ardent critic of Arbil, would remove Exxon as the lead company
as a punishment.	
    But Ameedi said Iraq could not take any action against Exxon
because of the Kurdistan bloc deal until the central government
had drafted its formal legal response.	
    Exxon at West Qurna, BP at Rumaila and Eni at Zubair have
all reached the first production milestone that triggers cost
recovery and fee payment.	
    Ameedi said payments were progressing despite delays because
of initial misunderstandings over the invoicing procedures until
the ministry formulated a new approach.	
    While BP and Eni have signed export oil sales agreements 
that allow them to be repaid in crude liftings, Exxon has
steadfastly refused and has opted for cash payment. So far the
company has received $470 million, having spent $911 million,
said Ameedi. [TABLE:   ].	
    "Now we are on the right track. I don't expect any delays in
payments this year," he said.	
    	
    GULF EXPORT TERMINAL	
    Addressing infrastructure constraints, Ameedi said Baghdad
will start to export on Sunday from a new Single Point Mooring
(SPM) in the Gulf. Export capacity in the south will then rise
from roughly 1.7 million bpd to 2.6 million bpd.	
    That will be enough to accommodate the extra oil that is
expected to be pumped from southern oilfields this year. Iraq's
production averaged 2.7 million bpd in 2011, with exports
running at 2.2 million bpd. Official targets for this year are
3.5 million bpd for production and 2.6 million bpd for exports.	
    Industry sources involved in Iraq's oil expansion are more
cautious. They see production growing to 3 million bpd and
exports running at 2.5 million bpd.	
    Ameedi said he expected growth of 550,000 bpd this year from
the giant oilfields developed by foreign partners in the south. 	
    He said output at Rumaila, Iraq's biggest producer, is
expected to average 1.35 million bpd this year - up from 1.14
million bpd in 2011. 	
    Production there was affected by bad weather, tight storage,
operational problems with the field's ageing kit and attacks on
export pipelines outside the field that hit Rumaila's output.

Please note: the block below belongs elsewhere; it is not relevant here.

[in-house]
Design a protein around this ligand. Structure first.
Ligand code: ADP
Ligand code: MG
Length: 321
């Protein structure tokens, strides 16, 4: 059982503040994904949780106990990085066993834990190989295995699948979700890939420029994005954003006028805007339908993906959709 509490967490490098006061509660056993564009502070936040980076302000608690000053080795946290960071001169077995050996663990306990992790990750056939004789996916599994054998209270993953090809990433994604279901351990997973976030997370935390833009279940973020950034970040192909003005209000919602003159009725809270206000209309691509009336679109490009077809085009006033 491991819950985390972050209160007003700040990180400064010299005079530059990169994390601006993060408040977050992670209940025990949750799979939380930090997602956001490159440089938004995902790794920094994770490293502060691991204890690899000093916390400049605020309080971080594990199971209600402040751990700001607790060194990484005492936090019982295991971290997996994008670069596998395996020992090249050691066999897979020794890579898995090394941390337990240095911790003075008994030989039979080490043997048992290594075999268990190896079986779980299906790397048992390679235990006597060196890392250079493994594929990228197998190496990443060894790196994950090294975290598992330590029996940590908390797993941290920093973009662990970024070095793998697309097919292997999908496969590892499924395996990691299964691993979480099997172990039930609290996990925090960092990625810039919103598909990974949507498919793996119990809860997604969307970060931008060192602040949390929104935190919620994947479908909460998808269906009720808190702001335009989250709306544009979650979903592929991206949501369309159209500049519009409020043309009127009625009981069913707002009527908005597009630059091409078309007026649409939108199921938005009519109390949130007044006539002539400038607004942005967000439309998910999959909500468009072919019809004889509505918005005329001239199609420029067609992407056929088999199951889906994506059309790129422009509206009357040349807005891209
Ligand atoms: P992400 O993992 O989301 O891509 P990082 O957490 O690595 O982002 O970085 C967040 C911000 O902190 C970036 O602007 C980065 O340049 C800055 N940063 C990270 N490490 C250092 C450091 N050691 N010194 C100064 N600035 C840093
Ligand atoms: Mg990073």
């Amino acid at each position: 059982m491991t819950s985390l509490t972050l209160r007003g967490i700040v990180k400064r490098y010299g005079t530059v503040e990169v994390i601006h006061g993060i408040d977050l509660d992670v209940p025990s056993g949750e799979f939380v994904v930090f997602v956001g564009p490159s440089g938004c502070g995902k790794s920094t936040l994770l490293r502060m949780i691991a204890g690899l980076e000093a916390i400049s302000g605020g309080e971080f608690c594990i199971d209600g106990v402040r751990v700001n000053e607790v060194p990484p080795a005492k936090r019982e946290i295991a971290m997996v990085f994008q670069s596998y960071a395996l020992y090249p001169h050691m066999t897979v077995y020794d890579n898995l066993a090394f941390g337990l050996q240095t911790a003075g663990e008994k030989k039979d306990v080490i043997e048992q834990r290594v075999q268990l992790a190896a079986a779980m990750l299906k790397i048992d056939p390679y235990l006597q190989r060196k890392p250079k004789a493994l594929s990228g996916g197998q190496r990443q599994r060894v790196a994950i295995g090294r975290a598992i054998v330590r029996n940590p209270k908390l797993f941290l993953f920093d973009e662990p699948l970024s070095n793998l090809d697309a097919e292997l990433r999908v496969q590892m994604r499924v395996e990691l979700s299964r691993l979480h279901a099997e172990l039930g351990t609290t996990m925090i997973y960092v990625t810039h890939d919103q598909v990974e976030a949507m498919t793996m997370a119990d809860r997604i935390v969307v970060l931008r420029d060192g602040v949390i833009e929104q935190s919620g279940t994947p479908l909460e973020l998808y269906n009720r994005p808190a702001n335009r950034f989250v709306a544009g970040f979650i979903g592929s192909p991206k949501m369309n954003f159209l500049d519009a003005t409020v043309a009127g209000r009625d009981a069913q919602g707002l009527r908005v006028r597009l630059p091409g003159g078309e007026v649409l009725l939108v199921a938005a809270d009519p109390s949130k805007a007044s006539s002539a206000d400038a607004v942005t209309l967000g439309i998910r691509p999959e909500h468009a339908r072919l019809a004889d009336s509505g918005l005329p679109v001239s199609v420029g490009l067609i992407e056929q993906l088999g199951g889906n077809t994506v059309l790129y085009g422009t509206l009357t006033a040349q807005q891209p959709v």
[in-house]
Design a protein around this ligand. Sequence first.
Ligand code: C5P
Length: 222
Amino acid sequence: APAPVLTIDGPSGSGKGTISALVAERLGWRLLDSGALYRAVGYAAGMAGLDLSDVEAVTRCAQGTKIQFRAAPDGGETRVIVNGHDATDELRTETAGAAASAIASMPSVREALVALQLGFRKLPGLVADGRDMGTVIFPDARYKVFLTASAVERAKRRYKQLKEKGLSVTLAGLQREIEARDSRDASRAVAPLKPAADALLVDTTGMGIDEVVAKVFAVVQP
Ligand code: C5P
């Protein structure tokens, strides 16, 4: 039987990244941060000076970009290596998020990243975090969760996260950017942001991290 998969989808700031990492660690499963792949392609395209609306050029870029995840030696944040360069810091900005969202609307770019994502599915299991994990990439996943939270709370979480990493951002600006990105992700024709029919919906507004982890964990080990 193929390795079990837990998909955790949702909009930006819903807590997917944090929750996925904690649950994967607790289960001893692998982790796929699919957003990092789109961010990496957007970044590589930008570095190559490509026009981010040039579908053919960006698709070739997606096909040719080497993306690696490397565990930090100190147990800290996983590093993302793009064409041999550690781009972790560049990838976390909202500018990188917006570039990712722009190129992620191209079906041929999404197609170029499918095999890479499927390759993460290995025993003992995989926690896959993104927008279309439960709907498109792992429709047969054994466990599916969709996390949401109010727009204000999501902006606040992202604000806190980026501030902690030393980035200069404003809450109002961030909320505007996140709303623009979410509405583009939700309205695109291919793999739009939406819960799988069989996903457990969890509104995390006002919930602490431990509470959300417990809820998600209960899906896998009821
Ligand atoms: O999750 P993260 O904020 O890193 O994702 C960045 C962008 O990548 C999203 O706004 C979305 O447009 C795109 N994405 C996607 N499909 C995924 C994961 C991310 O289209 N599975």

The Iraqi oil official said good progress and "prep work"
were being done by contractors on gas field development
contracts awarded in the country's third auction. 	
    Turkey's TPAO at Mansuriyah has submitted its provisional
plan. Korea's Kogas at Akkas is preparing a
preliminary plan and Kuwait Energy has submitted its scheme for
the Siba gas field near the border with Kuwait.	
    As for the fourth licensing round, which focuses on
exploration, Ameedi said delays to the auction would give the
companies and the oil ministry more time to prepare. Iraq once
again delayed the round for 12 new gas and oil exploration
blocks to May 30-31 after making major changes to the contract.	
     	
 Iraq's Oil Development Programme Update	
 Field     Operator  Output    Est.      Spending  Payment
                     2011      2012      end '11   end '11
 Rumaila   BP        1.14      1.35      2.20      1.94
 WQurna-1  Exxon     0.31      0.43      0.91      0.47
 Zubair    Eni       0.24      0.29      1.10      0.53
 Missan    CNOOC     0.10      0.14                
 Majnoon   Shell     0.05      0.11                
 Halfaya   CNPC      0.00      0.07                
  Total              1.84      2.39      4.21      2.94
 	
    Output in '000 barrels per day	
    Spending/Payment $ billion	
    Figures for spending and payment are only for companies that
have reached Iraq's initial production threshold, which triggers	
cost recovery and payment.	
    Source: Iraq Ministry of Oil	
	
 	
    	
	
 (Reporting by Peg Mackey; editing by Patrick Markey and Jason
Neely)